uiro multa allocuto et ferociam uxoris recordato Alcumena tamen nil respondit.

By Lysandra, in 'Latin to English Translation', Jul 25, 2015.

  1. Lysandra Canis

    • Civis Illustris
    Location:
    Tasmania
    Hello everyone,

    I am having great difficulty translating this Latin sentence (uiro multa allocuto et ferociam uxoris recordato Alcumena tamen nil respondit) and wondered if anyone here could help. My main problem is with the adjective 'multa' and what it describes. The best translation I have come up with so far is:



    Alcumena, however, responded nothing to the man, after he addressed and recalled the much ferocity of the wife.


    Any ideas??? The assignment is due on Monday so I need to come up with a translation quickly.

    Thank you so much!
  2. Laurentius Weebus Maximus

    • Civis Illustris
    Location:
    Antium
    It is the object of alloquor.
  3. Pacifica grammaticissima

    • Civis Illustris
    Location:
    Belgium
    Hello,

    Multa is a substantivized neuter plural, literally "many things". It's a kind of internal object of adlocuto. Translate "much/a lot", because it seems to be used pretty much adverbially here.

    Adlocuto itself implies speaking to someone (here apparently to her, which would be the direct object, but is left implied).

    The order of ideas of the Latin would be better rendered if you put the "after" clause first in the English translation: "After the man.... Alcumena, however, reponded nothing (to him)".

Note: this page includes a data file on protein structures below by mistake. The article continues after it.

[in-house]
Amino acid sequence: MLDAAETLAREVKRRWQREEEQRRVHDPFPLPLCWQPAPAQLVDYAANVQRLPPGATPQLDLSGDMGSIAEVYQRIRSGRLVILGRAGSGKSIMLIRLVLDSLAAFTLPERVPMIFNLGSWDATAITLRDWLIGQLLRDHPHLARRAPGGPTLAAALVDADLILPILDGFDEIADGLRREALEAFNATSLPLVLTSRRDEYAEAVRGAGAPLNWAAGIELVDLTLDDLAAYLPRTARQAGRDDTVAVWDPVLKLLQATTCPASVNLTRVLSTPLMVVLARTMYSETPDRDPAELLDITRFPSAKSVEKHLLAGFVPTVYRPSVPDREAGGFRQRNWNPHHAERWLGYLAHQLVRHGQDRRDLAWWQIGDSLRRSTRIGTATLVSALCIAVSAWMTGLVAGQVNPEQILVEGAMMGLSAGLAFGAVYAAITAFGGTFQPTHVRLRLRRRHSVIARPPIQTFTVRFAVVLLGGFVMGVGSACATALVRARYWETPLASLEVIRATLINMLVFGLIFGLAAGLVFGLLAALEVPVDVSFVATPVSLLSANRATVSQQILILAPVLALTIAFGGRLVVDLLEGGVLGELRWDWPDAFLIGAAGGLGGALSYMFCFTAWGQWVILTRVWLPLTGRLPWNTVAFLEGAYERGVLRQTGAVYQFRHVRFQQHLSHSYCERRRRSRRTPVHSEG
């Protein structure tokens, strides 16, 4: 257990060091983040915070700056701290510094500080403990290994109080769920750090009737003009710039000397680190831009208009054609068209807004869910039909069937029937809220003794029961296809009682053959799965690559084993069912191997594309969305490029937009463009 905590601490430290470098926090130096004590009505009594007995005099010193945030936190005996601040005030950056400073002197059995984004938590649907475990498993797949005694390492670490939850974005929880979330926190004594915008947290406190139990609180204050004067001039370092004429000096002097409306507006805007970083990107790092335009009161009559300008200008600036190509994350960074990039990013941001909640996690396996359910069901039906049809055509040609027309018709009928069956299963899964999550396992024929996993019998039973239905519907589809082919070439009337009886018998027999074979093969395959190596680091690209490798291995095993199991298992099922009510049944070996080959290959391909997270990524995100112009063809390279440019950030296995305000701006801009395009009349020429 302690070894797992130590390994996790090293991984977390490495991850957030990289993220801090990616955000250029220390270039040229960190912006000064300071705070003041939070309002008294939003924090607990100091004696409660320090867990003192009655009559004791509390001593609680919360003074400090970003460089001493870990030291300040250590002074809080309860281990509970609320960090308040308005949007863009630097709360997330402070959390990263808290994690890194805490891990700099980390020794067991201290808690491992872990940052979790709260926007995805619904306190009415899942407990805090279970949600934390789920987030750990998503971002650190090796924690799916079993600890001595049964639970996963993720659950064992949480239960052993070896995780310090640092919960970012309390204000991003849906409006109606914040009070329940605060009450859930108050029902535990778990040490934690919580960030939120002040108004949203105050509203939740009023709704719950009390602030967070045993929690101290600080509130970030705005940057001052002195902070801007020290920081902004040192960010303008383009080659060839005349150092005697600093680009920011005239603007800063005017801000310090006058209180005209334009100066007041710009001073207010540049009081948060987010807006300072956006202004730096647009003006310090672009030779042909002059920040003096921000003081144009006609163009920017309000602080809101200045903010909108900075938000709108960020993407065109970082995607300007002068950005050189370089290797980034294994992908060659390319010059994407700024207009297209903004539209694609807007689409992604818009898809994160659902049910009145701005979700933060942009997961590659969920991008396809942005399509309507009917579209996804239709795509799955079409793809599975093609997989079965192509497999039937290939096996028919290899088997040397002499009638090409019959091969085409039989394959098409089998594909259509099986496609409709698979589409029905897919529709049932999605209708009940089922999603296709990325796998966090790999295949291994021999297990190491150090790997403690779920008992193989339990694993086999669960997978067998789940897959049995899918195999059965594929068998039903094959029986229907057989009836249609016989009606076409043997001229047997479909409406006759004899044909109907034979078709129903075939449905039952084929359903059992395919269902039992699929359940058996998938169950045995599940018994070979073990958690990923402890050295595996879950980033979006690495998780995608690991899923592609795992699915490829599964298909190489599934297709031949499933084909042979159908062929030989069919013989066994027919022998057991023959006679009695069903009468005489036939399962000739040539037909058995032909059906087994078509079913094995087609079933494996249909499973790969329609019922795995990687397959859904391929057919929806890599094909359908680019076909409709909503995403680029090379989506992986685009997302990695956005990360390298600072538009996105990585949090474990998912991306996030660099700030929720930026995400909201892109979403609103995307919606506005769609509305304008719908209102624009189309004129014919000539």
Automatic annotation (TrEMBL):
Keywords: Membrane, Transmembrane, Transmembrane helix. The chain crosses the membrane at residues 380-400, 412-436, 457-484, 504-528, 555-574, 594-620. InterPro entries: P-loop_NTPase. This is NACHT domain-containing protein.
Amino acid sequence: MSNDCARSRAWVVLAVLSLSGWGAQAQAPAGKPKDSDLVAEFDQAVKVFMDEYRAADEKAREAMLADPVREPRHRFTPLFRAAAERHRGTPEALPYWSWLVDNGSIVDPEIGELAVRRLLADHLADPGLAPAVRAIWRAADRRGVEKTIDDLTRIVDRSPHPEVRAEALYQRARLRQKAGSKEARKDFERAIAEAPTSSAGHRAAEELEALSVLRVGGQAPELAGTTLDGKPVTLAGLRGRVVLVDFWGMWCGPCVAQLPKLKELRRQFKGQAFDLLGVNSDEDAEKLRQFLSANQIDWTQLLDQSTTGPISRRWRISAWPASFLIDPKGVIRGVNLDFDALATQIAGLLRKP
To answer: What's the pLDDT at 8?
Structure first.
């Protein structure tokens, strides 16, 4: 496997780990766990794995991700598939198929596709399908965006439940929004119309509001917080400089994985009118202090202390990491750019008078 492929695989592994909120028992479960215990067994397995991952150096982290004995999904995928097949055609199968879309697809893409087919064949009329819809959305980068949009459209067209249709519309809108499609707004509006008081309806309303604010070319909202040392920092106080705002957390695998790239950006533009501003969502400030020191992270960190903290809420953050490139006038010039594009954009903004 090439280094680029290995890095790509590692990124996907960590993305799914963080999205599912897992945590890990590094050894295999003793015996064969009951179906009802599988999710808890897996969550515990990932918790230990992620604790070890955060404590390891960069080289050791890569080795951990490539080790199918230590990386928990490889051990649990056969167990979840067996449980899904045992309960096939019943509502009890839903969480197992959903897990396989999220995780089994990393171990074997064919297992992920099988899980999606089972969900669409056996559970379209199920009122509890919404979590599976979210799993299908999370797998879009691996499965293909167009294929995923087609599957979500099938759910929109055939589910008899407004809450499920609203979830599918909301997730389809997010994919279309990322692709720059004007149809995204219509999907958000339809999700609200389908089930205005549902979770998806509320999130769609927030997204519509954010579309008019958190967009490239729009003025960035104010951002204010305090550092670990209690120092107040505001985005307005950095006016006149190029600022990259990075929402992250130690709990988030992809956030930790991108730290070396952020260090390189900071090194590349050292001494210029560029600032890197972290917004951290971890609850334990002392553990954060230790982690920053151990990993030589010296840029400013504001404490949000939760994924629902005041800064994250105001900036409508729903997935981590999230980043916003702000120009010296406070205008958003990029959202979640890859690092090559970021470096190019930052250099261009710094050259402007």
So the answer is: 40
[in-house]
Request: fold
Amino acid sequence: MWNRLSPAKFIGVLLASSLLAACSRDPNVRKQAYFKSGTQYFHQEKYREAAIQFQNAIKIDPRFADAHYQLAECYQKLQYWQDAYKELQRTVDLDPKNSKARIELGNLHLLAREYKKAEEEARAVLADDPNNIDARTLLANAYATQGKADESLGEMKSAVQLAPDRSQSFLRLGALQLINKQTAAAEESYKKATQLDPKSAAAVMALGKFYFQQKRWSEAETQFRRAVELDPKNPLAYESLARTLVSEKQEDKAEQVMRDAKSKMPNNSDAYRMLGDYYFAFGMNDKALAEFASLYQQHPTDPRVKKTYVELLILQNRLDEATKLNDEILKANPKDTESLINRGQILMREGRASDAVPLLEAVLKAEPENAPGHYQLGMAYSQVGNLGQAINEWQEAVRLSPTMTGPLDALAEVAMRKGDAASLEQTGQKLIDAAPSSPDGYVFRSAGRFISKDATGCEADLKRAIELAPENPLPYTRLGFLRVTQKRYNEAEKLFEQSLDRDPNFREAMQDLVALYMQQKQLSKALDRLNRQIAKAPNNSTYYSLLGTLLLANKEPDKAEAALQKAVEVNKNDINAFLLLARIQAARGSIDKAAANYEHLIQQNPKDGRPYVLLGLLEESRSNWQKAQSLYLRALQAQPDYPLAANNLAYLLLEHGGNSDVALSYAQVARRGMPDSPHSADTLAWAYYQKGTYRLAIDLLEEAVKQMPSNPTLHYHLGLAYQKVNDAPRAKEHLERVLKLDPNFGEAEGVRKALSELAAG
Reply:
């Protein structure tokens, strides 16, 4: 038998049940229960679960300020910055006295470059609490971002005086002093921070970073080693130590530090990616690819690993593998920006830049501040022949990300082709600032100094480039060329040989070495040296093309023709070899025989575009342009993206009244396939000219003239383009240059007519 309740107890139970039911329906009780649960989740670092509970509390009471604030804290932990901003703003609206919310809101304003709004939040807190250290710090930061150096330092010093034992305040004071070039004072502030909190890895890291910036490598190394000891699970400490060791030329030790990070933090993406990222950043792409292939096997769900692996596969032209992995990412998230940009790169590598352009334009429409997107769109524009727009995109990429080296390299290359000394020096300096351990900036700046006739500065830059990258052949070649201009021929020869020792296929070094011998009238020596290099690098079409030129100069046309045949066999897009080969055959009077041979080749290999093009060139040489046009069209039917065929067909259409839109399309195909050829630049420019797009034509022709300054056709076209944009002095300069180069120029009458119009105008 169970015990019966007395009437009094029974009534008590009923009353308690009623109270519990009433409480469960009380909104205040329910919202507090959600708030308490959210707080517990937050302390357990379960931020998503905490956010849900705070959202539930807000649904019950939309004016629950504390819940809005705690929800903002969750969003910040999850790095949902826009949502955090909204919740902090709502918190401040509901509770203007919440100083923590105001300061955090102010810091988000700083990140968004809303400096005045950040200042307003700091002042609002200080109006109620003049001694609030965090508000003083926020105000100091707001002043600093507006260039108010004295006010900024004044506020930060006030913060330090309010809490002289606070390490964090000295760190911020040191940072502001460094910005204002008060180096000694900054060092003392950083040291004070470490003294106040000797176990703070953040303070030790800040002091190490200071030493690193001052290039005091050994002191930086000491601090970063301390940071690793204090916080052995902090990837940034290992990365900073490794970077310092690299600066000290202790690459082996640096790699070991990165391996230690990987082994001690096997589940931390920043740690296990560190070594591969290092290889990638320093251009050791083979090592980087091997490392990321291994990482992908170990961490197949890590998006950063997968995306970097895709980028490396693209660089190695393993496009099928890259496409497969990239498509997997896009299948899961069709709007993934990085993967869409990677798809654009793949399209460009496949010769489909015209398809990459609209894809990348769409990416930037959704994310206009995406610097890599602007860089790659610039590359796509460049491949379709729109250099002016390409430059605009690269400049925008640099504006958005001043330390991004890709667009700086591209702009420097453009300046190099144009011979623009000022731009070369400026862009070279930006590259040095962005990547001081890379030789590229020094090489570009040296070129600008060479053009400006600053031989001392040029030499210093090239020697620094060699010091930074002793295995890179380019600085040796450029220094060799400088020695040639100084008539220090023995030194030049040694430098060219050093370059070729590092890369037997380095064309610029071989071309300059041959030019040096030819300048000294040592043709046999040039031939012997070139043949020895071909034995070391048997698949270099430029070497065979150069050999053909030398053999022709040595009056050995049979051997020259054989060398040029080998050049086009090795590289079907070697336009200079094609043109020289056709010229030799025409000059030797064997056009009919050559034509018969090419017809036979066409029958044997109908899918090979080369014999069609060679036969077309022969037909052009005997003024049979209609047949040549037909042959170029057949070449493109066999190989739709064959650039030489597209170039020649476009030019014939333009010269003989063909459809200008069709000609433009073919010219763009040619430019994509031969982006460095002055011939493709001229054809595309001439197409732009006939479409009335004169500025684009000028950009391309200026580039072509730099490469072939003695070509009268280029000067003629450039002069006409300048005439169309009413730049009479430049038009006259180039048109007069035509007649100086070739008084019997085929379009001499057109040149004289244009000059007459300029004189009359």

Last edited by Pacis puella, Jul 25, 2015
    Callaina likes this.
  4. Laurentius Weebus Maximus

    • Civis Illustris
    Location:
    Antium
    I think the dative goes with respondeo here. Btw maybe it would be better if sometimes we just indicate them the right direction, at least at first.
  5. Pacifica grammaticissima

    • Civis Illustris
    Location:
    Belgium
    I didn't say the contrary...
  6. Lysandra Canis

    • Civis Illustris
    Location:
    Tasmania
    Thank you so much for the help! I have changed the translation to:

    After the man addressed many things and recalled the ferocity of the wife, Alcumena, however, did not respond.

    Do you think it is acceptable to change the 'responded nothing' part to 'did not respond'?
  7. Laurentius Weebus Maximus

    • Civis Illustris
    Location:
    Antium
    Sorry, I misinterpreted. But perhaps the way you suggest to translate it could make it seems like she thought of it as an absolute ablative. The teacher might think of it as an error.
  8. Pacifica grammaticissima

    • Civis Illustris
    Location:
    Belgium
    He didn't really adress many things, but addressed (her) with/about many things = he talked to her a lot, or something similar.
    I don't know, maybe. Do you feel "did not respond" is better English?
  9. Imber Ranae Ranunculus Iracundus

    • Civis Illustris
    Or 'made no response'.
    Pacis puella likes this.
  10. Pacifica grammaticissima

    • Civis Illustris
    Location:
    Belgium